Thursday, July 21, 2011

Death at Miss Ellie's Cafe

I’m not giving anything away if I tell you that Maggie’s father, the Judge, dies at Miss Ellie's Cafe..  It’s the first sentence in the novel.  What I do want to tell you is that scene, as is the one in my second novel, was taken from a real-life experience.

I had an 88 year old uncle who was a delight.  We had dinner with him and several other relatives at a local restaurant every Friday night.  After his wife died, his health deteriorated rapidly.  While he kept up the routine of eating out, he often slept through the meal and then asked for a take-out when we were all ready to leave.  We became accustomed to this routine and began to expect it.

One evening when the restaurant was filled to capacity, eight of us sat around the table involved in our typical catch-up of the week’s events and my uncle passed away, still sitting upright in his chair.  The problem was, we didn’t notice.  When finally we realized the situation, in good southern fashion, we sat and  considered what options we might have to quietly remove him from the restaurants so as not to make a fuss.  My husband, being of sound mind and having been raised in Iowa where people are much more practical about such things, slipped away and dialed 911.  This resulted in a complete disruption of many people’s meals, for which we continue to apologize to this day.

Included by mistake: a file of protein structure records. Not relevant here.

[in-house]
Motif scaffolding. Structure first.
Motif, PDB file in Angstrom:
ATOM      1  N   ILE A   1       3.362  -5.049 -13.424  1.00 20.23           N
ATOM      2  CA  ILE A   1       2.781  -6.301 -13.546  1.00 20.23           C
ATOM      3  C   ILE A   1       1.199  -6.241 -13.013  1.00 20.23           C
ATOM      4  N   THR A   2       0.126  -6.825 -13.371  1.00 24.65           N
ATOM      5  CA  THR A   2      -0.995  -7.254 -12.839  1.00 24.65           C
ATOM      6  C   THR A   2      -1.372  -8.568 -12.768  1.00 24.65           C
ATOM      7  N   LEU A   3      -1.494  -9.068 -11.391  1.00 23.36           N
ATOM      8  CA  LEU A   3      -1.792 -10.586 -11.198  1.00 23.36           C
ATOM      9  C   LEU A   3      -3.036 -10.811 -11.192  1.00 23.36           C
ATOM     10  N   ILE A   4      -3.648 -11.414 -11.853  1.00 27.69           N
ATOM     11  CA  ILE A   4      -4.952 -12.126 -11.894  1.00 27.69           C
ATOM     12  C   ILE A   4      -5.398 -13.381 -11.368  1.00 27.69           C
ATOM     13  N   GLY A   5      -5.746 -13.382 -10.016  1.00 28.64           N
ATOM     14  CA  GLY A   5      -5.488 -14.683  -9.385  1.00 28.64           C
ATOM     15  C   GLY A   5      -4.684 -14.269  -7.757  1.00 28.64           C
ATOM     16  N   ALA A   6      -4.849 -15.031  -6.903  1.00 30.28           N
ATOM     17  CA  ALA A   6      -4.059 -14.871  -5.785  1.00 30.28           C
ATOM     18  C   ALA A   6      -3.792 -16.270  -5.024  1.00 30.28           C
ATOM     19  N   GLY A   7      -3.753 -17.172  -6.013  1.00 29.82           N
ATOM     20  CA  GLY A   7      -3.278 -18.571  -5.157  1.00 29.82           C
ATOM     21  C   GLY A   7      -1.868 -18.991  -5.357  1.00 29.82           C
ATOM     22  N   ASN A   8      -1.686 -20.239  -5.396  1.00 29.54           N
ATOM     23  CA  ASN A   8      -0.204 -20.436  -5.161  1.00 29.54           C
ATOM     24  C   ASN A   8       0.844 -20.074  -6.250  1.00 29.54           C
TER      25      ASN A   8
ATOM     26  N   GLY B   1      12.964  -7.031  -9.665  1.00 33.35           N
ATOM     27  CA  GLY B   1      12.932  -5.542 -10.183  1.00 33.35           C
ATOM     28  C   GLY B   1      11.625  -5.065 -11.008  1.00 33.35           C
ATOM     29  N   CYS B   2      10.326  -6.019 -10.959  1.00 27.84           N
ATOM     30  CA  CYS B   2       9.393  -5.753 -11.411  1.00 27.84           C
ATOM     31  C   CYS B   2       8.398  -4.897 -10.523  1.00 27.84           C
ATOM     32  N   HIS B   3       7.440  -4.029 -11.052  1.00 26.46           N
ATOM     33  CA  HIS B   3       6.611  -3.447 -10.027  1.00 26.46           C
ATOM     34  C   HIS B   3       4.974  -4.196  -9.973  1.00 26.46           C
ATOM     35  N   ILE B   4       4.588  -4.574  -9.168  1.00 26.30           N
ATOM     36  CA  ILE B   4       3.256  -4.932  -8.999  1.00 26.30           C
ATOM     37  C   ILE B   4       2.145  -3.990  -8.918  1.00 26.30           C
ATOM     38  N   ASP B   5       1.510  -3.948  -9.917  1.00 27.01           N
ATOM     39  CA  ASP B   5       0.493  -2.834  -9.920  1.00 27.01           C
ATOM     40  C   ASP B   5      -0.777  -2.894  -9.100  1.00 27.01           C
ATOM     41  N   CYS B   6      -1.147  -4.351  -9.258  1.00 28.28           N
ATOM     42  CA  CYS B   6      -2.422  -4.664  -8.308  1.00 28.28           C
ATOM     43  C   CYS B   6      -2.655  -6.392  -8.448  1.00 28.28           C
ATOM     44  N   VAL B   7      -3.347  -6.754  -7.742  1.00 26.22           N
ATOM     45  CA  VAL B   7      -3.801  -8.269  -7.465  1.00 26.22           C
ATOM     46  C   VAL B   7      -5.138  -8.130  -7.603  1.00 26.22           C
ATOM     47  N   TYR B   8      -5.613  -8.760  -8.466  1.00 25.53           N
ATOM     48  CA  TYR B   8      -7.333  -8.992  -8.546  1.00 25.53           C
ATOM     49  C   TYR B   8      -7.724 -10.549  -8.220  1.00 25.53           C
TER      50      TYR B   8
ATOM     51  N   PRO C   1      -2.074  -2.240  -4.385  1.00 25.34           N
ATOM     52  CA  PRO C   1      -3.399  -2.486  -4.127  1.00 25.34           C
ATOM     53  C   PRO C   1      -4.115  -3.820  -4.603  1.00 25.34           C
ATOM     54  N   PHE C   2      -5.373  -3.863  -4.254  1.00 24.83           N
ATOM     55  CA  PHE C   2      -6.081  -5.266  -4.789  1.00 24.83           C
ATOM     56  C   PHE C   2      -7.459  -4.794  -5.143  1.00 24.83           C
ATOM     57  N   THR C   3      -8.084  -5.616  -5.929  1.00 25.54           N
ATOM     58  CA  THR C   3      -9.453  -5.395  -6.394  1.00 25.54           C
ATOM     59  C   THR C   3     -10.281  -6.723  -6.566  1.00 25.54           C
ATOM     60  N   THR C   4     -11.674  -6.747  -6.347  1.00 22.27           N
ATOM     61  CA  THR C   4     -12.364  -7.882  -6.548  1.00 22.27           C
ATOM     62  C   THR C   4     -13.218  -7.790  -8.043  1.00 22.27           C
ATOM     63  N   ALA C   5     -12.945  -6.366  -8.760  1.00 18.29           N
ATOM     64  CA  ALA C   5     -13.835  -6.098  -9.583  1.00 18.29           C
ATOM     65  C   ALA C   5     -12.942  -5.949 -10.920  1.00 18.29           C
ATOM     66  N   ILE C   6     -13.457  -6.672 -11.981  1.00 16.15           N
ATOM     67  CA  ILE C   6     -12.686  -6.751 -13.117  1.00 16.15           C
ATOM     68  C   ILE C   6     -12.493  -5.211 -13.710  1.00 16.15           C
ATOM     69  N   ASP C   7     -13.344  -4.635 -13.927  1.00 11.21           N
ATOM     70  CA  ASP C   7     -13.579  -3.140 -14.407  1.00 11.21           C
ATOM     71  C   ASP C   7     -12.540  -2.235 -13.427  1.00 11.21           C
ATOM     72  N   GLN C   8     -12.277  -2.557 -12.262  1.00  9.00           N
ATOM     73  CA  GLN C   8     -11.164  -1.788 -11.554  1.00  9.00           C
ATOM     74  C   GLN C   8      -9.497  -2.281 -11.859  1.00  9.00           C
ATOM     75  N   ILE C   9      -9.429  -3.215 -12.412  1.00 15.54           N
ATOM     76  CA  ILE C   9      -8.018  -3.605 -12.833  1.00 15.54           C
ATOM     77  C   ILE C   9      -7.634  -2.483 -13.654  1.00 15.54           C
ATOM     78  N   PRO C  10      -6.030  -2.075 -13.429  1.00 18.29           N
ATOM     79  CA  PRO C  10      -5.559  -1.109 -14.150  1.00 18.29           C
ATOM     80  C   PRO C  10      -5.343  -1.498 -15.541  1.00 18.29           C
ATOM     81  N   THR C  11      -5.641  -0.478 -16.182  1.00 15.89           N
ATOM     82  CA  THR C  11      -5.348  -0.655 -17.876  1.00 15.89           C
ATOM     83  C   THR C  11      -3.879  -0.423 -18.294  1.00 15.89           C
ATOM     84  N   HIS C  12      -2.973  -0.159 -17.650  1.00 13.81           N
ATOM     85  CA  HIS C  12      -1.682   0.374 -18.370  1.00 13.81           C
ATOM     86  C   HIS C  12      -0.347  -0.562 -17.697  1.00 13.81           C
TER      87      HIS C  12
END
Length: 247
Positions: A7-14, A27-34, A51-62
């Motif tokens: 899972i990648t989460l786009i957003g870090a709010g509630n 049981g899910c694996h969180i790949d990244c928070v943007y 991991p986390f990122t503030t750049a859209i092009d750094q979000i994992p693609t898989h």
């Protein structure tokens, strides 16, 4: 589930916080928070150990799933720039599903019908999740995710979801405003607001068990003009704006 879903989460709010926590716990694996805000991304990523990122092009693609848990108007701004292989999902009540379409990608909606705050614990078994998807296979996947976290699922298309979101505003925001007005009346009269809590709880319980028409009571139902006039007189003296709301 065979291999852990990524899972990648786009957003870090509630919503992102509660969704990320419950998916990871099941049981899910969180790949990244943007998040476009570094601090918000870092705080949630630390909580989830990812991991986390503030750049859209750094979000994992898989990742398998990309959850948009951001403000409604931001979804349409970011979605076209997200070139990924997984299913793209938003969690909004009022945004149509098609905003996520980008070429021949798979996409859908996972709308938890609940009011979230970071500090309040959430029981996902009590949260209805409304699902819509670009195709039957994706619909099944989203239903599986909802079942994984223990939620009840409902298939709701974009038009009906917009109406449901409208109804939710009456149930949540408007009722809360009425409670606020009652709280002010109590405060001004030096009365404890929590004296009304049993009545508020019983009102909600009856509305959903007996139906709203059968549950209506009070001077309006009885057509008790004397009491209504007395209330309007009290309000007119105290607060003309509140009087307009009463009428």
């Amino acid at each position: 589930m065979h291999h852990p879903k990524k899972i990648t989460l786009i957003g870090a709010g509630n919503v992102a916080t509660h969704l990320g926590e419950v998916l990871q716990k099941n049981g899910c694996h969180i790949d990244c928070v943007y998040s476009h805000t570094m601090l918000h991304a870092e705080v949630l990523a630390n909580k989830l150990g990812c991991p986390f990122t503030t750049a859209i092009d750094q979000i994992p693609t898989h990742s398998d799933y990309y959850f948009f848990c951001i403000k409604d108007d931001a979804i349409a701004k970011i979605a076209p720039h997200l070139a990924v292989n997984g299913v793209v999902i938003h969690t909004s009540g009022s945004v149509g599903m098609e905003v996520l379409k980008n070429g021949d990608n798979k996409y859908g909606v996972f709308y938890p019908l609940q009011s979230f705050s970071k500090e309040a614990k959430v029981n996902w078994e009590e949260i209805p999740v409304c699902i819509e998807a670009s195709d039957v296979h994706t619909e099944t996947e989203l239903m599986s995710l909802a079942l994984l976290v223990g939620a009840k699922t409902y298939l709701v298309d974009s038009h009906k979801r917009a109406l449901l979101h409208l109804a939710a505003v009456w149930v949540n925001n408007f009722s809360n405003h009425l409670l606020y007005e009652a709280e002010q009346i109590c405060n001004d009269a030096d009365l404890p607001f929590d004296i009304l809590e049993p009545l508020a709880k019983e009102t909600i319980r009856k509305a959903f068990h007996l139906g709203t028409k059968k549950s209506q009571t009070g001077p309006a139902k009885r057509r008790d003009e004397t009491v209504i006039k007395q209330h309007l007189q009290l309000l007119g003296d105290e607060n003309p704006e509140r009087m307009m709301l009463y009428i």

We followed the ambulance with its blaring sirens to the hospital, to no avail.  The additional excitement and noise failed to revive my uncle.   With tears in her eyes, my mother wiped her nose and let out a gentle sob and then added the final cap to the evening, “This would have been so much better if it had happened at the Country Club.”

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